The Indian Space Research Organisation (ISRO) has released its annual report for 2019-20 recently.
- ISRO has been allocated with the budget of ₹13,480 crores for 2020-21.
- Currently, India has 19 national Earth Observation (EO) satellites, 18 communication satellites and 8 navigation satellites in service.
- These are used for broadcasting, telephony, Internet services, weather, agriculture-related forecasting, security, disaster-time rescue and relief and location-based services.
- Three of the communication satellites are dedicated to military communication and networking.
- The report states an annual plan of 36 missions (including both satellites and their launchers) including the launch of 10 Earth Observation (EO) satellites.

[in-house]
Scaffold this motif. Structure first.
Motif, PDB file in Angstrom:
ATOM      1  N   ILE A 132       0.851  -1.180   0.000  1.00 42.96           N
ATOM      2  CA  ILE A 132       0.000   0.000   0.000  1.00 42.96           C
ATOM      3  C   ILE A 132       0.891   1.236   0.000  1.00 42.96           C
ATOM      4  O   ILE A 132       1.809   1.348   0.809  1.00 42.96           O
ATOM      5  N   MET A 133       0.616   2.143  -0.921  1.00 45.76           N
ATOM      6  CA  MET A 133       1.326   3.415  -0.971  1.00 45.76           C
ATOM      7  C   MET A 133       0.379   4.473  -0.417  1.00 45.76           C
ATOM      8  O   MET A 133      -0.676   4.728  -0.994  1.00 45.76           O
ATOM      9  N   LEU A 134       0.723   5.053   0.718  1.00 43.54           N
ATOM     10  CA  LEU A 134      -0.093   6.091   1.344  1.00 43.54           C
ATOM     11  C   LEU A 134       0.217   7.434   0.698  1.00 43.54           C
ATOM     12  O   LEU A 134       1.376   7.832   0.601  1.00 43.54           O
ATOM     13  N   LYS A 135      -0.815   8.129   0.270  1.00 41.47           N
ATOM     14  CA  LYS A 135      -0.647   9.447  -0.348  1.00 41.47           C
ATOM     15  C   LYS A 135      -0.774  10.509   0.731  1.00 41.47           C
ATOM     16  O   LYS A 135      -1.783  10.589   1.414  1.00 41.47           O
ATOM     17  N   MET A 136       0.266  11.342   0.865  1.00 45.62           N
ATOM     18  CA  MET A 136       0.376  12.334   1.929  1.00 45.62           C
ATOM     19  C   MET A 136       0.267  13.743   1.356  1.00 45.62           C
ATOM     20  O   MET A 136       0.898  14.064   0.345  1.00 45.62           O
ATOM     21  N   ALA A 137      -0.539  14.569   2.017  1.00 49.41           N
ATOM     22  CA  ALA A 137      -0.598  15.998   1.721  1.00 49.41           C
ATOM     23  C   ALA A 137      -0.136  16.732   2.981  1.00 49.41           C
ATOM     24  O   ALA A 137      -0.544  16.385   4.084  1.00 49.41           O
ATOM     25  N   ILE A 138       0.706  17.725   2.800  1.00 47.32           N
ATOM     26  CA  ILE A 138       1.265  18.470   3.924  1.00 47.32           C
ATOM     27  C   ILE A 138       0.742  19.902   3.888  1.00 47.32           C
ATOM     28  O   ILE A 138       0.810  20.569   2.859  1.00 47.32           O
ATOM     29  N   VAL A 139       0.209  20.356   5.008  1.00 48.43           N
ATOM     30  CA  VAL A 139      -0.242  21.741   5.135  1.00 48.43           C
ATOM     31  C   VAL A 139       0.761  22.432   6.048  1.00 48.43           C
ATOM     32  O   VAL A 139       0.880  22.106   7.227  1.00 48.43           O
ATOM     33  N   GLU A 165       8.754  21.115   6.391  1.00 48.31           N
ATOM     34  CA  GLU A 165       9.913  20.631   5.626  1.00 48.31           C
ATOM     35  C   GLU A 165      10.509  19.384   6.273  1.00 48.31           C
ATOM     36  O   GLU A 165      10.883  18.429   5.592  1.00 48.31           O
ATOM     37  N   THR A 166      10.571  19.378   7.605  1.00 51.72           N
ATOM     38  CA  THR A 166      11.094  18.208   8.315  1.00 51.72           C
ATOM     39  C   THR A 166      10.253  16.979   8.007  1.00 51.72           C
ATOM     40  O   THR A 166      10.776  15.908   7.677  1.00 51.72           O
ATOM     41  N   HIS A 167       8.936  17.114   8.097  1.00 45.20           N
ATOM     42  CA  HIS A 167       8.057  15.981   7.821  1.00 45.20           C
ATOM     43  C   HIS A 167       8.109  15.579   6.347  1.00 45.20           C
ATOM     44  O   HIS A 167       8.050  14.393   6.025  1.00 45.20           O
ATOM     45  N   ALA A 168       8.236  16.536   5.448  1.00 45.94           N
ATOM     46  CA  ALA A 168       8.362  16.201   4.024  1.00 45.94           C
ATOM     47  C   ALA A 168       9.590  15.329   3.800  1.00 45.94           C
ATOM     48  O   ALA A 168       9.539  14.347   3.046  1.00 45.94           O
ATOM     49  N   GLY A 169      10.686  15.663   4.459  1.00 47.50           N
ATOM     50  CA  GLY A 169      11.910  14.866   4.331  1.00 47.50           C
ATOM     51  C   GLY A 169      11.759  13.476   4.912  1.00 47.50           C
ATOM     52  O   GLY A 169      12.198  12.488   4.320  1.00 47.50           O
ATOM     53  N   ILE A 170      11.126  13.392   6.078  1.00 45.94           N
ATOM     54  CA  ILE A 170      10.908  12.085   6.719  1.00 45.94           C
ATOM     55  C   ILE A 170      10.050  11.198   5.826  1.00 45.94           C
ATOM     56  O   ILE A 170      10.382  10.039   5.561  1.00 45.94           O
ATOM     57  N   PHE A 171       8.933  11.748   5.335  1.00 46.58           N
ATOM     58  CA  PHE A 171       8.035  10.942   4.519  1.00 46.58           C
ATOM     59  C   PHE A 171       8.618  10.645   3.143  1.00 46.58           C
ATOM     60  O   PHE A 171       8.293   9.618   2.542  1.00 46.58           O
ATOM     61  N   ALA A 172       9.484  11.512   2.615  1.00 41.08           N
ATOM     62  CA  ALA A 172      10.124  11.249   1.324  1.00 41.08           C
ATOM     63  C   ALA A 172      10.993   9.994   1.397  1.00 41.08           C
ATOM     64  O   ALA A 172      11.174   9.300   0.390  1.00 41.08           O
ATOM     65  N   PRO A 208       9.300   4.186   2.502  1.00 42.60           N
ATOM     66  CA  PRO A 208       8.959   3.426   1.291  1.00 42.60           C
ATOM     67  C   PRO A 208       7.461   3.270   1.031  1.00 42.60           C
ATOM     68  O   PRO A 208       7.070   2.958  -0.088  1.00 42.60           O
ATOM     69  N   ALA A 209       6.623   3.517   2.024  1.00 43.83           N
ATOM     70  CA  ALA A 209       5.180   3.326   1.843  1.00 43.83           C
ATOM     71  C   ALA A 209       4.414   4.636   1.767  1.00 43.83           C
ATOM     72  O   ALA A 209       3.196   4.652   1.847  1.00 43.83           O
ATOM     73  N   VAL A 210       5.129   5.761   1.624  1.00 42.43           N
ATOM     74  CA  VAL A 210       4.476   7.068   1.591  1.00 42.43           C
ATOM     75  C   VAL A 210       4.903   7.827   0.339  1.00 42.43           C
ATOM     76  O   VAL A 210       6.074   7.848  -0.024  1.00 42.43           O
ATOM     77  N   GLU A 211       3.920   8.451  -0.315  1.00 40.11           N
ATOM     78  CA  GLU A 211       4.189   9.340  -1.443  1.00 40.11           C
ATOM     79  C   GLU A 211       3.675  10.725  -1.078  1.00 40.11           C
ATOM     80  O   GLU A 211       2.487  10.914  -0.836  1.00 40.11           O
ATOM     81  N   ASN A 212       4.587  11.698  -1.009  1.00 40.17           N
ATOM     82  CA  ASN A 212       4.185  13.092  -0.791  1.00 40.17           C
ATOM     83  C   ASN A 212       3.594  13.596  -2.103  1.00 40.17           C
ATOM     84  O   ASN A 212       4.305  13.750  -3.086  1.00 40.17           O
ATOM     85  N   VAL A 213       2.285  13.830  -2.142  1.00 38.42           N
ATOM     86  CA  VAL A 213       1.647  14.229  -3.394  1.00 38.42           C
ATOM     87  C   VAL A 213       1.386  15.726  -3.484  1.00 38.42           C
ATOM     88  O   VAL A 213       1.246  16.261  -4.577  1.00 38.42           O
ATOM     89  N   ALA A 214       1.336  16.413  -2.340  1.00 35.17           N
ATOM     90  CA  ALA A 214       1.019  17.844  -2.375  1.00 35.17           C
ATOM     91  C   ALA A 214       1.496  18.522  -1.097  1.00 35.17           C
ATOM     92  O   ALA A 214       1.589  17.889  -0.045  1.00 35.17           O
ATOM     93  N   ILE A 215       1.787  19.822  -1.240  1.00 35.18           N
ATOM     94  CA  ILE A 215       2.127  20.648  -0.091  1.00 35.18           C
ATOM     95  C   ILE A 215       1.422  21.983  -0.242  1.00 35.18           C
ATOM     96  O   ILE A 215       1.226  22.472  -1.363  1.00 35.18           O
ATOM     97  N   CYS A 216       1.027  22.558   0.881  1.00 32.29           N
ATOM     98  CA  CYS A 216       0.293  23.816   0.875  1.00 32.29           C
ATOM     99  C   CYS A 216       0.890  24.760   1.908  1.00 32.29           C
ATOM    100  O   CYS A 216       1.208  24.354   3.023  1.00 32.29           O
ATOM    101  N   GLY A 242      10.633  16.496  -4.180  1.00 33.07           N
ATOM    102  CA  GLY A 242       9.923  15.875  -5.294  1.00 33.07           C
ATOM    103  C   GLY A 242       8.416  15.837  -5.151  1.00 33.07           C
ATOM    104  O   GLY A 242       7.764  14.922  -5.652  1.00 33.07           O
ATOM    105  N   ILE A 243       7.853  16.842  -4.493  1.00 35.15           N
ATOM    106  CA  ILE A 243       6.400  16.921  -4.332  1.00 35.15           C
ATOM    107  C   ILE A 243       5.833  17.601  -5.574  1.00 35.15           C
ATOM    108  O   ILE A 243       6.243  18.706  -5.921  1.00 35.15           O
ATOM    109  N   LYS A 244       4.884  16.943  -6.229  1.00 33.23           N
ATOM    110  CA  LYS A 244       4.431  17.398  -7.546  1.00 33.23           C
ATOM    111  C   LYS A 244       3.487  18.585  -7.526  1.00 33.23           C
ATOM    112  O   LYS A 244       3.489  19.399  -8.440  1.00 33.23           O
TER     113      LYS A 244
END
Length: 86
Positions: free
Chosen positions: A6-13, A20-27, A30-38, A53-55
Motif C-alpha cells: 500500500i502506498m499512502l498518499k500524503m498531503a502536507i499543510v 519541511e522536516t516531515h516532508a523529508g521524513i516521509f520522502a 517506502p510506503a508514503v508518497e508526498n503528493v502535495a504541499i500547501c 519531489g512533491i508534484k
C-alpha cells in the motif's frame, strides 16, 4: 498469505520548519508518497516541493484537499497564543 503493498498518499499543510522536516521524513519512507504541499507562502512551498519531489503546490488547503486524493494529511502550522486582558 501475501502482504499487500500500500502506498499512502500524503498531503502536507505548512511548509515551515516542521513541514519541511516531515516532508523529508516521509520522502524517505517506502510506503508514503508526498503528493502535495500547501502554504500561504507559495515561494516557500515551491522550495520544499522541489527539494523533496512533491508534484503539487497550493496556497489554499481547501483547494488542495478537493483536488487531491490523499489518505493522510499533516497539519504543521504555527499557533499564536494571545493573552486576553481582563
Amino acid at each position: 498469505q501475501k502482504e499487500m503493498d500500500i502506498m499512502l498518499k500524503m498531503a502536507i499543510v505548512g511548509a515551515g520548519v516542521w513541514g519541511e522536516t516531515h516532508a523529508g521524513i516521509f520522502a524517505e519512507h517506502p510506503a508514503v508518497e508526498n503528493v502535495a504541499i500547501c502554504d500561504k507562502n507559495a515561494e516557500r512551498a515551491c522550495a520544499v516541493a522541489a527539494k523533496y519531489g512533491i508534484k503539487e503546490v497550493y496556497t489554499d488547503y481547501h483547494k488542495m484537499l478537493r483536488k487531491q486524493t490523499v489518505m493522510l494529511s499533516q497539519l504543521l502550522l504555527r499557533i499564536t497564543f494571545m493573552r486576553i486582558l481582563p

- The upcoming EO satellites include radar imaging satellites RISAT-2BR2, RISAT- 1A and 2A; Oceansat-3, GISAT-1 and Resourcesat-3/3S.
- ISRO plans to launch Chandrayan-3, Gaganyan in the year of 2020-21.
- ISRO also plans to launch a new series of high-resolution HRSATs through Polar Satellite Launch Vehicle (PSLV) launcher.
- ISRO is expected to develop its own space station within a decade.
- The RISAT-2BR2 will form a triad with RISAT-2B and RISAT-2B1 covering around 120 degrees apart.
- It will increase the frequency of observation in the required areas to provide all-weather, day/night imaging services from space.
- The RISAT satellites carry a synthetic aperture radar on them, providing all-weather, 24-hour information to security agencies.
- GISAT-1 (Geo Imaging Satellite) will be placed in a geostationary orbit of around 36,000 km.
- All Indian EOs satellites have been placed so far in a 600-odd-km orbits and circle the earth pole to pole.
- It will apparently be in a fixed spot looking over the Indian continent at all times.
- It will have high-resolution cameras which will help to monitor any changes in borders and the overall geographical condition of the country, etc.
Source: The Hindu